Today, Meitner and Hahn, an odd couple. The University of Houston's College of Engineering
presents this series about the machines that make our civilization
run, and the people whose ingenuity created them.
Lise Meitner's and Otto Hahn's names are interwoven. The collaboration
of these two great physicists was intense and prolific. They worked together for decades.
Yet they kept their distance -- they never so much as had dinner together.
Meitner was born in Austria in 1878, Hahn in Frankfurt, four months later. And she died at
almost ninety, just three month after he did. They first met in Berlin in 1907. By then,
she had her physics doctorate and was working with Max Planck on questions of radiation.
Hahn had recently joined the university after studying chemical physics in London for two years.
Meitner was Jewish, but raised Protestant. For the time, that mattered little, and Germany had
a history of treating women better than other countries. When Hitler came to power, in 1933,
she was the long-time head of physics at the Keiser Wilhelm Institute. Hahn was professor of
physics at the University of Berlin. He focused on chemical structure, she on radiation and
atomic decay. These interconnected subjects, bound the two people together.
Then the Nazis came and Hahn wanted nothing to do with them. He refused to join the party and
resigned his post at Berlin. But then he was then made interim head of the Keiser Wilhelm Institute
"until a loyal Nazi could be found to take over."
In 1938, it fell to him to fire Meitner since she was Jewish. They agreed that she had to get
out, though she had no passport. He gave her a diamond ring to hock if she became strapped for
funds; and she escaped to Sweden through Holland.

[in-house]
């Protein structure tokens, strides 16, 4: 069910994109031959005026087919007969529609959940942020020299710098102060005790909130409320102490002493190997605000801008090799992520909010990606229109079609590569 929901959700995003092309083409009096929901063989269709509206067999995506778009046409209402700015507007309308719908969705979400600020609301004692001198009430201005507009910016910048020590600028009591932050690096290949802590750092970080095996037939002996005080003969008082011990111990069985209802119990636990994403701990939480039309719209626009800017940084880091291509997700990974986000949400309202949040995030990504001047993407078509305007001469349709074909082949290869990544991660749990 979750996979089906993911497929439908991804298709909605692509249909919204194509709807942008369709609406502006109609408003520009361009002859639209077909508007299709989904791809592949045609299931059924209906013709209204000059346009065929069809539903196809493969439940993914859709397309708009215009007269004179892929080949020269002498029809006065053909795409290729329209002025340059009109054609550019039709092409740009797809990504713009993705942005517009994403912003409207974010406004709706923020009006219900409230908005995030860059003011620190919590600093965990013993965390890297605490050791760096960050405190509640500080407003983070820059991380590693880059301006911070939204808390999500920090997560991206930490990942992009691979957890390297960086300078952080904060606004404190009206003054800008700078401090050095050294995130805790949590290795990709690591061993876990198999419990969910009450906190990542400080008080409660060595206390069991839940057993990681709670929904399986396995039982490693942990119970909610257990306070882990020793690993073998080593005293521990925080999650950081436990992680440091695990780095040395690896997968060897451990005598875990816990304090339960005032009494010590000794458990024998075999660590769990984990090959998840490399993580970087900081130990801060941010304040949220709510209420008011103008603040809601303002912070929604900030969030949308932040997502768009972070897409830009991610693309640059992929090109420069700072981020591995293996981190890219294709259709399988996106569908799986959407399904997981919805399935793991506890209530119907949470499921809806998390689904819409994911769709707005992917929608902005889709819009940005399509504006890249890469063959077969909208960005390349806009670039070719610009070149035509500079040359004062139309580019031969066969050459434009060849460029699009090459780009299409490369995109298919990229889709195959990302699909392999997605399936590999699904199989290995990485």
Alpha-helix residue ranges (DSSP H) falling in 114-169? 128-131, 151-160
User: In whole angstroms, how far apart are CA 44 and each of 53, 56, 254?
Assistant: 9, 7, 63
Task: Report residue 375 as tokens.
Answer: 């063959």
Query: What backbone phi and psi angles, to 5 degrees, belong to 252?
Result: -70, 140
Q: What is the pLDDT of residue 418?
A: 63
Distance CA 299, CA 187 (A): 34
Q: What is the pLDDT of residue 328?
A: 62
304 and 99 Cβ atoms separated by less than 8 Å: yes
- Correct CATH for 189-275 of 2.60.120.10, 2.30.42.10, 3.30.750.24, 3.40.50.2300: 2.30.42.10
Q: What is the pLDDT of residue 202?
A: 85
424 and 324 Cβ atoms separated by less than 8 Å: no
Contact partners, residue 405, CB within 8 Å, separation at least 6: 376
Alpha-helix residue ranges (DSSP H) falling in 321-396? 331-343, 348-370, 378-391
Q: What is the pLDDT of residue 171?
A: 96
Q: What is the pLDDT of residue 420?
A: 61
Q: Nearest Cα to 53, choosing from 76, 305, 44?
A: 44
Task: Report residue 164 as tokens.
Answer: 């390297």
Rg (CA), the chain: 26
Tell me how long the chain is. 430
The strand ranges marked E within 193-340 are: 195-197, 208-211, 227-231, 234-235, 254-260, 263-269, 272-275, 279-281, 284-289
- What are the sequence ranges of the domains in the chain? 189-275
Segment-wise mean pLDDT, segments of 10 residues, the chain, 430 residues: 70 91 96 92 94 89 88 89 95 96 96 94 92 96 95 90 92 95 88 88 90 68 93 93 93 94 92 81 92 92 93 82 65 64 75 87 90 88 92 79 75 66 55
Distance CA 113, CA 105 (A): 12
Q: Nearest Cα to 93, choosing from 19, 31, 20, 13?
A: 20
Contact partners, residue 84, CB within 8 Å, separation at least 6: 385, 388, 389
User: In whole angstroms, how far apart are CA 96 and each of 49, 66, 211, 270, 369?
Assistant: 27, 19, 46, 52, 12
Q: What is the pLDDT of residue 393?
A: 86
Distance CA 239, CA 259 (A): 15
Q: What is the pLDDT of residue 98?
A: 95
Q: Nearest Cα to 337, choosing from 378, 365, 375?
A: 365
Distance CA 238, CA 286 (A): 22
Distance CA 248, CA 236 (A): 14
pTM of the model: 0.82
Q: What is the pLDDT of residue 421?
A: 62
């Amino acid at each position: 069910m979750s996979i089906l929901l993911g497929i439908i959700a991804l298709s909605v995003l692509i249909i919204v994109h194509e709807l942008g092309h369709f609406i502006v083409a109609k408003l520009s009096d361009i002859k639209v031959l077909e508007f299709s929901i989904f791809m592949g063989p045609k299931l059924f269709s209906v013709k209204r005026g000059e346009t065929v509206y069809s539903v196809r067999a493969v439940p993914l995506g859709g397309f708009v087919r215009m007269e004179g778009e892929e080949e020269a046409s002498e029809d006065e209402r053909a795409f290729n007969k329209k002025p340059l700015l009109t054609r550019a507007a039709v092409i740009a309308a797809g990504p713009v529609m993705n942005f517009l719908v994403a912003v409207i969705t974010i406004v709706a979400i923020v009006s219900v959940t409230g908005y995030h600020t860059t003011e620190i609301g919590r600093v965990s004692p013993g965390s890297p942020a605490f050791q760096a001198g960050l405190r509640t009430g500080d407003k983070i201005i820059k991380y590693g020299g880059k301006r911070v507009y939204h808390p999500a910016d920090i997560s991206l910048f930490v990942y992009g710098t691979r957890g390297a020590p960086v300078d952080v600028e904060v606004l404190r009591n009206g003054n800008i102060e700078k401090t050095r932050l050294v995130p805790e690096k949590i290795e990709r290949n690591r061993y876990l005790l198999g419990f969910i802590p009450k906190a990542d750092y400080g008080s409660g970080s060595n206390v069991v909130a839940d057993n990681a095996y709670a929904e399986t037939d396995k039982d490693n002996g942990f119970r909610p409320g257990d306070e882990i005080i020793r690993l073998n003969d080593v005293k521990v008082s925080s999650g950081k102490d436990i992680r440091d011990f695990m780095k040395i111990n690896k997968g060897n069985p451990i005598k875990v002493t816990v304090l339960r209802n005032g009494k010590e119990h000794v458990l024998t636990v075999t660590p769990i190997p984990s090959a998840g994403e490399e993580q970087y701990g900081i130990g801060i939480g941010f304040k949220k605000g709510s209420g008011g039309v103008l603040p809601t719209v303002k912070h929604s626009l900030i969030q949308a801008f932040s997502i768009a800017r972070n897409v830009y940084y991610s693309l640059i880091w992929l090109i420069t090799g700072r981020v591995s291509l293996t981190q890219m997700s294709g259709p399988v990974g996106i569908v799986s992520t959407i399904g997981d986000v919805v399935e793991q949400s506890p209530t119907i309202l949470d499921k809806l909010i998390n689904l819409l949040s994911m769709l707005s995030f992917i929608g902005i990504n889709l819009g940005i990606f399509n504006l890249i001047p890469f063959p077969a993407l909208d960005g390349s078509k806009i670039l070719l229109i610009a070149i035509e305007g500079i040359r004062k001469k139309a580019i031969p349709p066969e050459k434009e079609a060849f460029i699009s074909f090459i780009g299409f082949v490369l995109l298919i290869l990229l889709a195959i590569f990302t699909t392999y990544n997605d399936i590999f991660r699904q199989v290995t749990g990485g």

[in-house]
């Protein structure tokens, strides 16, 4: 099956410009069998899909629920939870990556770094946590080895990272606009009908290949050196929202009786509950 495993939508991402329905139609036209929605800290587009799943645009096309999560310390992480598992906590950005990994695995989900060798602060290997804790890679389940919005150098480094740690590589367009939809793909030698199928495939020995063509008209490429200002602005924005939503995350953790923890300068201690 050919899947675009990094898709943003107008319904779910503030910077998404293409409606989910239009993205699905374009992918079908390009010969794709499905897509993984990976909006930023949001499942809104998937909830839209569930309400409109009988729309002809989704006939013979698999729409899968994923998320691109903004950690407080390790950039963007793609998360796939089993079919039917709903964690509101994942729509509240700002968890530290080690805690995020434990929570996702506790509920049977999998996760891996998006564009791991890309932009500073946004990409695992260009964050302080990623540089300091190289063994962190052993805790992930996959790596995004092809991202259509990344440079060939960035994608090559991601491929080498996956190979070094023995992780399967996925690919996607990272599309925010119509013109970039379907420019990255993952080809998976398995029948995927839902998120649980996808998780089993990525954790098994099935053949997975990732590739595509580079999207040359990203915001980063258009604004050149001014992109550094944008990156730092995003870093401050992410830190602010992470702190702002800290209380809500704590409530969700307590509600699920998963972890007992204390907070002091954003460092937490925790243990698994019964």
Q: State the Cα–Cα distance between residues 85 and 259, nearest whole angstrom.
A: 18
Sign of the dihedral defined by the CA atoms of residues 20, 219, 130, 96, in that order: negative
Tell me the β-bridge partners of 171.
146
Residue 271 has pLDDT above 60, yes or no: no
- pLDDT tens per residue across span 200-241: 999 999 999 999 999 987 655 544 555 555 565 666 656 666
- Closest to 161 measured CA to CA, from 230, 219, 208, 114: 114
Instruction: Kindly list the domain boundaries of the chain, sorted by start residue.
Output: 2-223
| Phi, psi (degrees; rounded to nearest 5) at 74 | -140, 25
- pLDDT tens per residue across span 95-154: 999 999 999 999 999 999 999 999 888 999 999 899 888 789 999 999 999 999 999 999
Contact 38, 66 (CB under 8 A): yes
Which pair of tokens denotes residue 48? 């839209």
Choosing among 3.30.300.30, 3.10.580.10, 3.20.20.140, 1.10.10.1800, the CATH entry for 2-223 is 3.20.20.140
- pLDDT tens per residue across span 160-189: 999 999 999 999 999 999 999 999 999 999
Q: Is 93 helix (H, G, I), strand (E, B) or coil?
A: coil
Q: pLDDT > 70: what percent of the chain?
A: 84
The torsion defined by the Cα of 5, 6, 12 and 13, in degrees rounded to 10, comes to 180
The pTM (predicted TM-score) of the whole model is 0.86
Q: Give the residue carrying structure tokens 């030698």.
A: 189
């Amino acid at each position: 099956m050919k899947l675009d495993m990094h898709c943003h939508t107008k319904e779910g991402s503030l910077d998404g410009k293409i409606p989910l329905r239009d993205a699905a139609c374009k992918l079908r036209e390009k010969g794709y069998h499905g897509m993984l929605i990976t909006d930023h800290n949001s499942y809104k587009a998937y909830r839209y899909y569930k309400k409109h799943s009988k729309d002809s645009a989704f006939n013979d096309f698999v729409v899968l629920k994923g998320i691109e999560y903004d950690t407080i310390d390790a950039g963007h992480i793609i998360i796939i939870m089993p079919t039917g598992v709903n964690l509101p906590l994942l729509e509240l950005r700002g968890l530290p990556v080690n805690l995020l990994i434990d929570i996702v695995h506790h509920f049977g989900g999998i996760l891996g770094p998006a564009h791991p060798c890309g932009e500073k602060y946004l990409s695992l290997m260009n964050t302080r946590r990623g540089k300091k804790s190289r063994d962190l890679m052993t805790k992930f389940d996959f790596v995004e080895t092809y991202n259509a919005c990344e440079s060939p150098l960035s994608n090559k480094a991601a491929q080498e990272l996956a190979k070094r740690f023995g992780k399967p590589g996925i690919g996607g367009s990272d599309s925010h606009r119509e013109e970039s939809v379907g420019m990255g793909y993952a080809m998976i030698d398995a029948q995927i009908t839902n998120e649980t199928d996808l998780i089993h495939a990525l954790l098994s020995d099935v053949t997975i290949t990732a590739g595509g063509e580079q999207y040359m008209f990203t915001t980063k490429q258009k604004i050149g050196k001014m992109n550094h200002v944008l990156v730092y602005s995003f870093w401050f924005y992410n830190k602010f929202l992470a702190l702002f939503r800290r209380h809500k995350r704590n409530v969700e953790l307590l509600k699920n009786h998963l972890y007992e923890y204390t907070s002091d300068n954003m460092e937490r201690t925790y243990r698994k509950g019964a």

Then came Meitner's greatest accomplishment: Hahn wrote to her saying he was baffled by his finding
that radium decayed into barium. It made no sense. Meitner's nephew, Otto Frisch, a physicist
working with Niels Bohr in Copenhagen, was visiting her in Sweden. So she said, let's go walk
in the snow. They walked, talked, and together solved the puzzle: The atom must be fissioning
apart, with a huge release of relativistic energy. Their discovery sent out shockwaves even
before it was published. The atomic age had begun.
After that, the allies wanted to smuggle Meitner out of from Sweden to work on the bomb in America.
She would have none of that. And Hahn walked a tight rope. He had to suppress Meitner's name,
since even mentioning her would cost him his scalp. In the end, he got the Nobel Prize while
she and Frisch did not. She took it graciously, but much of the physics community was outraged.
Her anger was focused elsewhere. As the concentration camps came to light, she sent Hahn a letter:
"You all worked for Nazi Germany ... Certainly, to buy off your conscience you helped a persecuted
person here and there, but millions [were] murdered without any kind of protest." The letter was
never delivered; the friendship never fractured. And we're left weighing the old and terrible
question of moral responsibility in the face of creeping evil?
I'm John Lienhard, at the University of Houston,
where we're interested in the way inventive minds
I. James, Remarkable Physicists. (Cambridge: Cambridge Univ. Press, 2004), pp., 234-247.
R. L. Sime, Lise Meitner: A Life in Physics. (Berkeley: University of California Press, 1996).
P. Rife, Lise Meitner and the Dawn of the Nuclear Age. (Boston: Claasen, 1990.1992)
(Also useful is the Dictionary of Scientific Biography entry which was written by none other than Otto Frisch.)
All images courtesy of Wikipedia. See also Wikipedia biographical material on all the people mentioned here.
Hahn on a 1979 German stamp.
The Engines of Our Ingenuity is
Copyright © 1988-2006 by John H.